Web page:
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During the winter, I compiled lists of names from Olympic medalists, and perhaps you noticed that no swimmers were included. That’s because swimmers are such a big part of our team, and historically the big medal winners, so that they really needed lists all to themselves. Now that it’s hot again, maybe they will inspire you to hit the pool!

Alva (Colquohuon)

Alva Colquhuon won silver at the 1960 Olympics. Alva is the feminine form of the Scandinavian name Alf, from the Old Norse for “elf”. Alva is also a male name, a variant of the Hebrew name Alvah, meaning “his highness”. As a male name, it is best known as the middle name of American inventor Thomas Alva Edison. Today it almost seems like a cross between Ava and Alba.

Brittany (Elmslie)

Brittany Elmslie is a young swimmer who attended her first Olympics this year, where she won a gold and two silvers. Brittany is the name of a region in north-west France, which in French is known as Bretagne. It was once known as Little Britain in order to distinguish it from Great Britain, hence its name. The Breton language is Celtic, related to Welsh and Cornish, and the history of the land and its people is intimately connected to Great Britain. Even today, Brittany retains its own identity and culture within France. Brittany has been used as an English girl’s name since the late 18th century – perhaps originally because Brittany was known for its resistance to the French Revolution. The name first entered the charts in the 1970s, making #245 by the 1980s. It peaked in the 1990s at #31, then sharply dropped, leaving the Top 100 in the early 2000s. It hasn’t charted at all since 2009 (the year actress Brittany Murphy died), and this is a good example of a name which reaches popularity very quickly, then becomes just as rapidly dated.

Dawn (Fraser)

Dawn Fraser is one of our most famous swimmers, who has received many honours; she is considered the greatest sprint swimmer of all time. She won two golds and a silver at the 1956 Olympics, a gold and two silvers in 1960, and a gold and a silver at the 1964 Games, setting two world records and two Olympic records. She is well known for her blunt speech and larrikin character, and one of the ferries on Sydney Harbour is named after her. Dawn is the period just before sunrise, where there is pale sunlight, but the sun itself is still below the horizon. The word comes from the Old English for “to become day”. The name is found from the 16th century onwards, and must at least sometimes have been given to girls born at daybreak. Dawn first entered the Australian charts in the 1910s, reaching #103 for the 1920s. It peaked in the 1930s at #32, and left the Top 100 in the 1950s. It hasn’t ranked since the 1980s, and the 1970s song Delta Dawn, about a crazy middle-aged woman, probably didn’t do its image any good – although covering it gave Australian singer Helen Reddy her first #1 hit. I wonder whether it might be time for a revival of this 1930s name? Apart from the fragile beauty of dawn, the word is filled with hope and optimism, and a sense of renewal.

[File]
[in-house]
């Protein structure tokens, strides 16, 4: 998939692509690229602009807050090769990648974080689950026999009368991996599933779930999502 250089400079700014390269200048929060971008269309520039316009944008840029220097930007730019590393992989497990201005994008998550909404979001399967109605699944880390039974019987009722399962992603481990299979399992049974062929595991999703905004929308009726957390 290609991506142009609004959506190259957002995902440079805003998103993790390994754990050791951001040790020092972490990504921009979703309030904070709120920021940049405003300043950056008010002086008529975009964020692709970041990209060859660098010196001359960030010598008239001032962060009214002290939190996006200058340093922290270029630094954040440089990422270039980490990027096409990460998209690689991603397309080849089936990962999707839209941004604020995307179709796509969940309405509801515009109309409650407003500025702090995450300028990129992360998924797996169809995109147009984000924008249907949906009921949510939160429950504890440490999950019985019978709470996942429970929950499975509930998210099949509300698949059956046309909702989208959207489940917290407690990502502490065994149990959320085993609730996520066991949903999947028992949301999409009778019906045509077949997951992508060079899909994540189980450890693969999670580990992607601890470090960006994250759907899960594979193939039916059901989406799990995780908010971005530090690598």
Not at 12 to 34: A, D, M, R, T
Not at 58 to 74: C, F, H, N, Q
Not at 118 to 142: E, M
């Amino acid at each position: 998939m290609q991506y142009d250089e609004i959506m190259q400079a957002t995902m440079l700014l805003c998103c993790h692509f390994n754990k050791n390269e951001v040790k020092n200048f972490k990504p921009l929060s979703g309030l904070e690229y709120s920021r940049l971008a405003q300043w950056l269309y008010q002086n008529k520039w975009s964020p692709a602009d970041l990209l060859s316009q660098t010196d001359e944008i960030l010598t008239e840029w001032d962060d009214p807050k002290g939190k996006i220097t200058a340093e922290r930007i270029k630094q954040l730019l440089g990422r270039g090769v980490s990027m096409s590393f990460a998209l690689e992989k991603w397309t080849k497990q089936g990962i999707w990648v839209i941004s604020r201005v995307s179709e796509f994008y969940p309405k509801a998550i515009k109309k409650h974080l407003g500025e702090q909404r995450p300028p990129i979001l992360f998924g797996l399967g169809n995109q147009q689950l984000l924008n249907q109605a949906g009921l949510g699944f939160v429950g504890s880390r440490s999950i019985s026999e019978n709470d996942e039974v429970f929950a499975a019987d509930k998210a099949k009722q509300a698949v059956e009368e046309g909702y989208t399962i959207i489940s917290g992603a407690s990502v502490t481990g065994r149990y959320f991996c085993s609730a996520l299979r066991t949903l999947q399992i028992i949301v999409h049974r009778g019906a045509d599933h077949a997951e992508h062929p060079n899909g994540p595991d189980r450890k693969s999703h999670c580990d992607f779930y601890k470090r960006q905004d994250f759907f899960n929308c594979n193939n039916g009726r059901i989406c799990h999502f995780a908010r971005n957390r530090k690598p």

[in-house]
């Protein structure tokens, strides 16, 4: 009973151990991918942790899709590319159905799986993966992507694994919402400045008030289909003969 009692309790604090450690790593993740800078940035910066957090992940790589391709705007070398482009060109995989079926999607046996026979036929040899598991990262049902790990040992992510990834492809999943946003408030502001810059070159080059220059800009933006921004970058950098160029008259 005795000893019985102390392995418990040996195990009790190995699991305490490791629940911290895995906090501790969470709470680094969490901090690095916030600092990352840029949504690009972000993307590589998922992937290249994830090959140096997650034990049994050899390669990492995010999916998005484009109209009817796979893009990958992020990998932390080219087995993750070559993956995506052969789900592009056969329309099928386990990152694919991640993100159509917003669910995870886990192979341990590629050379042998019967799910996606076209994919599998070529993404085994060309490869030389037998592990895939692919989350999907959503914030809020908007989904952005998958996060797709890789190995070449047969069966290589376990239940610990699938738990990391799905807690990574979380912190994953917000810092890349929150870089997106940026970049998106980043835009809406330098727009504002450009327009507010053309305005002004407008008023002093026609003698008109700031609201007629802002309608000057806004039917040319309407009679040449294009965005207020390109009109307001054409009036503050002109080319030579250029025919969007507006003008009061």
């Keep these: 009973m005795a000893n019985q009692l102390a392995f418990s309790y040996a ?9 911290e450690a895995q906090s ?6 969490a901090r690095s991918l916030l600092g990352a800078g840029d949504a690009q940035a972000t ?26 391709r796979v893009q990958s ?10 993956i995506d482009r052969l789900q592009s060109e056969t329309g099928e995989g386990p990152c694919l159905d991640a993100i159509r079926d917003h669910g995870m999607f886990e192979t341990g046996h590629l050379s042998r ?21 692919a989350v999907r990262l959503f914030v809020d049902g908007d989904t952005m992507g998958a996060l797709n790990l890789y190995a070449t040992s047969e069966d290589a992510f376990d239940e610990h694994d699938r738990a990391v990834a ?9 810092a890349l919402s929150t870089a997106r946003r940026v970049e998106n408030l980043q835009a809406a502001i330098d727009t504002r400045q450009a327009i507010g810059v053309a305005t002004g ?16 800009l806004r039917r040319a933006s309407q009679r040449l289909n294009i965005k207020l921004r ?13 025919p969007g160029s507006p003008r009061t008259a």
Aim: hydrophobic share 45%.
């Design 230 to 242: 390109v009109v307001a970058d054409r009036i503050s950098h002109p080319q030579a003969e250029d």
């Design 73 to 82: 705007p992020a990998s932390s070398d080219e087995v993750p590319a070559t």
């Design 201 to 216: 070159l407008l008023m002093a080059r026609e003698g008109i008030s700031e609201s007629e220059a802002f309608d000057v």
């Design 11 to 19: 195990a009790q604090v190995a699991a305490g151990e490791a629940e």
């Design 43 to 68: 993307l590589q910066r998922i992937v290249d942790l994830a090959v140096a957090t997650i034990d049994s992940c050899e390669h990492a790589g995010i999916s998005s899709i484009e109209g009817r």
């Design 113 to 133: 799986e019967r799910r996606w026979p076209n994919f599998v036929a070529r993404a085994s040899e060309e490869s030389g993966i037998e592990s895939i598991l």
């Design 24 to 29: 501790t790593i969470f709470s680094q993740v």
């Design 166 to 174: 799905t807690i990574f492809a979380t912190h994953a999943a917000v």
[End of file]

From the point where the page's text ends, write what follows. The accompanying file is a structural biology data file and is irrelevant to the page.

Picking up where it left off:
Emily (Seebohm)

Emily Seebohm has been a champion swimmer since 14 and is now 20. She won gold at the 2008 Olympics, and a gold and two silvers at the London Games. Emily is the English form of the Roman name Aemilia, the female form of the family name Aemilius. The Aemilii were one of the noblest and most ancient patrician houses of Rome, and were probably of Sabine origin. They interpreted their name as meaning “persuasive”, and others derived it from Latin aemulus, meaning “rival”, but most likely these are both false etymologies. The English form is first found in Chaucer’s Canterbury Tales; he adapted it from a character named Emilia in a poem by Giovanni Boccaccio, where two men are rivals for the affections of the same woman. Although in use from early on, it didn’t become popular until the Hanoverians came to the throne in the 18th century, as Princess Amelia, daughter of George II, was called Emily by her family. Emily was #36 for the 1900s, but fell until it had left the Top 100 by the 1930s. It reached its lowest point in the 1950s at #455, then climbed steeply; it skyrocketed to make #26 for the 1980s. Emily peaked at #1 in 1998, and remained there for most of the early 2000s. Currently this pretty classic is #12.

Hayley (Lewis)

Hayley Lewis was at her peak during the 1990s, when she won many medals internationally, but although she attended three Olympics, only won silver and bronze at the 1992 Games. Hayley is now the host of Channel Ten’s weight-loss show, The Biggest Loser. Hayley is an English surname from a common English place name meaning “hay clearing” in Old English; the surname dates from the 13th century and is especially associated with Yorkshire. It’s been used as a personal name for both boys and girls since the early 18th century, but only became popular in the 20th century, and only as a girl’s name. This was because of English actress Hayley Mills, who was the most popular child star of the 1960s, and made several Disney films as a teenager. Hayley first entered in the charts in the 1960s, when Mills began her career, debuting at #489. It climbed steeply during the 1970s, and was Top 100 by the 1980s. Hayley peaked in 2005 at #21, and is currently #50. It dropped just one place in 2011, and looks set to maintain a graceful decline that could see it in the Top 100 for several more years.

Jacinta (van Lint)